Bonito or « katsuo » in Japanese are extensively caught by fishermen from Numazu, Shimizu, Yaizu and Omaezaki Charbours. The main fishing areas are Shizuoka, Mie, Kochi & Miyazaki Prefectures.
It is also called « katsu » (Tohoku Region), « Honkatsuo » (Kyushu Island), « Magatsuo » (Shikoku and Kyushu Islands. N.B.: the same name designates another fish in other parts of Japan!), « Suji » (Yamaguchi & Wakayam Pref>).
It appears on the markets early Spring~Autumn as « sho gatsuo » (first bonito) and « modori gatsuo » end of Autumn.
They are traditionally line-caught but nets have been used extensively in recent years.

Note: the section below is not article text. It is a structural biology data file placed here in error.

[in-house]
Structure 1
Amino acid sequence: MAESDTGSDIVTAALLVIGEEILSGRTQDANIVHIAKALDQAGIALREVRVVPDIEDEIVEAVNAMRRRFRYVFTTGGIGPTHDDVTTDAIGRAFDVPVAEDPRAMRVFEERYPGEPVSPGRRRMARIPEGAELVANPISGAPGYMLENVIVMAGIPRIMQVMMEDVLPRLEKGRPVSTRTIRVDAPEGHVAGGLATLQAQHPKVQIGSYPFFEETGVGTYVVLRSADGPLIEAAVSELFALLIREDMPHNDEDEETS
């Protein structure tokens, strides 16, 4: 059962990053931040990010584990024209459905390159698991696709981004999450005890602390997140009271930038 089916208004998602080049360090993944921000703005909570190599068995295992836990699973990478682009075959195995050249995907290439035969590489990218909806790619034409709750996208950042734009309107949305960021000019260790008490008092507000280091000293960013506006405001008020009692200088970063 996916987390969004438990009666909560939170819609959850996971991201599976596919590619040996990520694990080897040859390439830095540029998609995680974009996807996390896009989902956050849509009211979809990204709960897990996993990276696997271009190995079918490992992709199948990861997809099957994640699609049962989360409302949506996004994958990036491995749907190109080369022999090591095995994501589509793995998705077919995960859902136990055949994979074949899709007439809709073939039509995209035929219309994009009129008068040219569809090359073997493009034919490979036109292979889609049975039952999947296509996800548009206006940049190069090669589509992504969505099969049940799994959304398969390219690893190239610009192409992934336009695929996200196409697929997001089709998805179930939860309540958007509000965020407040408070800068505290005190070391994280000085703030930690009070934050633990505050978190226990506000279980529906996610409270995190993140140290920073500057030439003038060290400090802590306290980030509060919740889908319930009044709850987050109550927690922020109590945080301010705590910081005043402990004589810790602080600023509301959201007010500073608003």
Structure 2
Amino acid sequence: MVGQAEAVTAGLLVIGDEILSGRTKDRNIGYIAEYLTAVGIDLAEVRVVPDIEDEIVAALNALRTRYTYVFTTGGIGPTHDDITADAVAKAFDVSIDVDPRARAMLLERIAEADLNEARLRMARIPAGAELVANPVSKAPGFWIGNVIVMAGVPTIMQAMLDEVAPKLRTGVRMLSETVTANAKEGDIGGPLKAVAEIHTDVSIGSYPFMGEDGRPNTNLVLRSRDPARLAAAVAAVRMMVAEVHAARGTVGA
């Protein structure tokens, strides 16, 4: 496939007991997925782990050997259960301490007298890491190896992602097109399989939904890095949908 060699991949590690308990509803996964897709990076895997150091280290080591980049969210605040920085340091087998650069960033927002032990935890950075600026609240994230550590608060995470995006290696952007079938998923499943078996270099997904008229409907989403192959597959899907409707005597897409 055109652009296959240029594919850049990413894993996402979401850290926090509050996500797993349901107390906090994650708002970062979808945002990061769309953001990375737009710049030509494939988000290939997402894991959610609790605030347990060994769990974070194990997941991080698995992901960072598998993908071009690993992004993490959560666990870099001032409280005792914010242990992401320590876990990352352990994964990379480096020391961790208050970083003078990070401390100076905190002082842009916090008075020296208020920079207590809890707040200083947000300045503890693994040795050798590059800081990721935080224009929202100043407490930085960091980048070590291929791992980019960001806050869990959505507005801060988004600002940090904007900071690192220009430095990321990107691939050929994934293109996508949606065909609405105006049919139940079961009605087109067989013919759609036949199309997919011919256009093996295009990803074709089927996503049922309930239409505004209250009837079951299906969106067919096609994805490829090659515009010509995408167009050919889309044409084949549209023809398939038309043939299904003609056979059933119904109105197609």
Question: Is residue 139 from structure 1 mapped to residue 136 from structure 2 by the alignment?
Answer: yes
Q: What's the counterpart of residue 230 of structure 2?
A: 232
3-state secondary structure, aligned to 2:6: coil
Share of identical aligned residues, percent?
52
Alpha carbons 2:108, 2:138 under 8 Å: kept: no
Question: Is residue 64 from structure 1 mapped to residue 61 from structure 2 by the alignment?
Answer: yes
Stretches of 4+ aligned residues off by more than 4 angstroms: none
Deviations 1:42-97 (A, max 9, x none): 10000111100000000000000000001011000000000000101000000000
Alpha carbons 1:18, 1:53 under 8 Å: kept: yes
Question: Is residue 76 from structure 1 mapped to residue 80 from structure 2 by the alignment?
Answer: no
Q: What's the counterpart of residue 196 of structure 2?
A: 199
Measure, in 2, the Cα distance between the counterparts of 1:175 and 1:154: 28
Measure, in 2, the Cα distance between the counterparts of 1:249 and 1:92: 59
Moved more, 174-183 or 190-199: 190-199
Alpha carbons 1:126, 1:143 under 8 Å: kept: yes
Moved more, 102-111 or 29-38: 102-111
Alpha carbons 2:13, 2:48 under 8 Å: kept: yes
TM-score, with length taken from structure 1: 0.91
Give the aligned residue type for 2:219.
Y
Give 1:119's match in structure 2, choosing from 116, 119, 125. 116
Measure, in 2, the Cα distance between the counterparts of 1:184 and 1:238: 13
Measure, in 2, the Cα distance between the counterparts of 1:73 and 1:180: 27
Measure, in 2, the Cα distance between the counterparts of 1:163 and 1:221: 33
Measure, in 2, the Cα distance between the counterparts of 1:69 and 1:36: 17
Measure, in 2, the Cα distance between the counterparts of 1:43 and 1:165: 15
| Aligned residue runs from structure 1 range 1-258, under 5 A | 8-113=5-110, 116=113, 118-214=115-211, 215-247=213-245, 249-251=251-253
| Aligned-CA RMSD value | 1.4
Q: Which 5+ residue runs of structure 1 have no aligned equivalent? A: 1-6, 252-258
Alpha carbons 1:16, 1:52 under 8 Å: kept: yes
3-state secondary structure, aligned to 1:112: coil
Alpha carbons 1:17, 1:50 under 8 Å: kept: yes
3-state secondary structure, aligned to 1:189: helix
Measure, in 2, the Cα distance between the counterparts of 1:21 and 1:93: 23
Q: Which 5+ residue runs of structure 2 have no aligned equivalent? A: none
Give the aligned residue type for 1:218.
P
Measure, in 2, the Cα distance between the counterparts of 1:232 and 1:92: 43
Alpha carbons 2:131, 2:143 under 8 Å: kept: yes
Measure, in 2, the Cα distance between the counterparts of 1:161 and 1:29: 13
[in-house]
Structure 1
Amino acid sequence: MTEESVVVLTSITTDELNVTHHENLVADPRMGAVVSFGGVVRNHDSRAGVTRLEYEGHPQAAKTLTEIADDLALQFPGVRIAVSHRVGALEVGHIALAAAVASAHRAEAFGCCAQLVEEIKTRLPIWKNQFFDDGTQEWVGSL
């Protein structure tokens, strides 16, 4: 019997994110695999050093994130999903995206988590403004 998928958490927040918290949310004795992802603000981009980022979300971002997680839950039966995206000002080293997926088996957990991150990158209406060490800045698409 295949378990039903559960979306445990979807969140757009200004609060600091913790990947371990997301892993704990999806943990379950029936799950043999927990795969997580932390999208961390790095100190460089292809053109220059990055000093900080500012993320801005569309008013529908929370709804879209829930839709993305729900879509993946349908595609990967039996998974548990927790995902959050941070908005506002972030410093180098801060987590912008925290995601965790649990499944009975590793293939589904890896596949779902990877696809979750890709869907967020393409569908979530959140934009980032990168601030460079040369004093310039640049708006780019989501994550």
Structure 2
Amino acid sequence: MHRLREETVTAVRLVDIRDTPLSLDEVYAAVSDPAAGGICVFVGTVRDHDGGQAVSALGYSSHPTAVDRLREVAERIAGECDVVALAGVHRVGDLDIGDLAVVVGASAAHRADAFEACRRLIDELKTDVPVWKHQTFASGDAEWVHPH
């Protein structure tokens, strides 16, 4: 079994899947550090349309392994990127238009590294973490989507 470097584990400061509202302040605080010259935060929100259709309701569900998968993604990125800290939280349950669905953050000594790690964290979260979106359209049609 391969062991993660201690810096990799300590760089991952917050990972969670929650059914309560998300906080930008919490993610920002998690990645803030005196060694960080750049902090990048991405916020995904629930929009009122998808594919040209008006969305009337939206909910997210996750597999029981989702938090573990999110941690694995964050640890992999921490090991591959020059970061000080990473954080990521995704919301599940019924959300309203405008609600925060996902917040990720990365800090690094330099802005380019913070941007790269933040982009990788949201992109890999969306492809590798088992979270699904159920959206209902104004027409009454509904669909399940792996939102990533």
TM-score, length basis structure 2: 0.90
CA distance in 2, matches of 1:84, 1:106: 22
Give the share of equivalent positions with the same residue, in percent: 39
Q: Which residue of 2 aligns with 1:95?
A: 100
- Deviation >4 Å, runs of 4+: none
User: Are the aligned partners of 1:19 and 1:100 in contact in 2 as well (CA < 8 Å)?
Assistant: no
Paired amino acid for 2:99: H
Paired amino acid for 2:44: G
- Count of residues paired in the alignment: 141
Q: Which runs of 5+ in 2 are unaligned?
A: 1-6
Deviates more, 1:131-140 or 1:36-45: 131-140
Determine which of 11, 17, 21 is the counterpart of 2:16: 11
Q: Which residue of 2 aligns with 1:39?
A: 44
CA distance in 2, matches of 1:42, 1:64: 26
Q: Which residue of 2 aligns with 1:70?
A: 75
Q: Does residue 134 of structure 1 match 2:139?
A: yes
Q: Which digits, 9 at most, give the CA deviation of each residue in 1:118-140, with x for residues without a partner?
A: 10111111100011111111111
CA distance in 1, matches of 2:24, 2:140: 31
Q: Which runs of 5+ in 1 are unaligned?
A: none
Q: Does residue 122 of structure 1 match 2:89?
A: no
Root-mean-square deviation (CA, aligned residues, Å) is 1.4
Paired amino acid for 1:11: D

It can be appreciated raw, as sashimi, preferably served with a saucer of soy sauce (shoyu) mixed with thin slices of fresh garlic, or with wasabi, a touch of lemon and shoyu, or as nigiri topped with grated fresh ginger a thin slice of garlic, unless you prefer grated fresh ginger with chopped thin leeks.
Another very popular way to eat it that will please Europeans and North Americans alike, is « tataki ».
The fish is first grilled over charcoal until it is lightly cooked on the whole outside then plunged into ice water to stop it from cooking any longer. It is then cooked into large slices and served with freshly chopped daikon and thin leeks, « shiso » leaves (perilla/beefsteak plant) and wasabi.
Note 1: in restaurants specify whether you want the skin or not when ordering sashimi.
Note 2: the same fish is a staple food in Sri LAnka where it is first smoked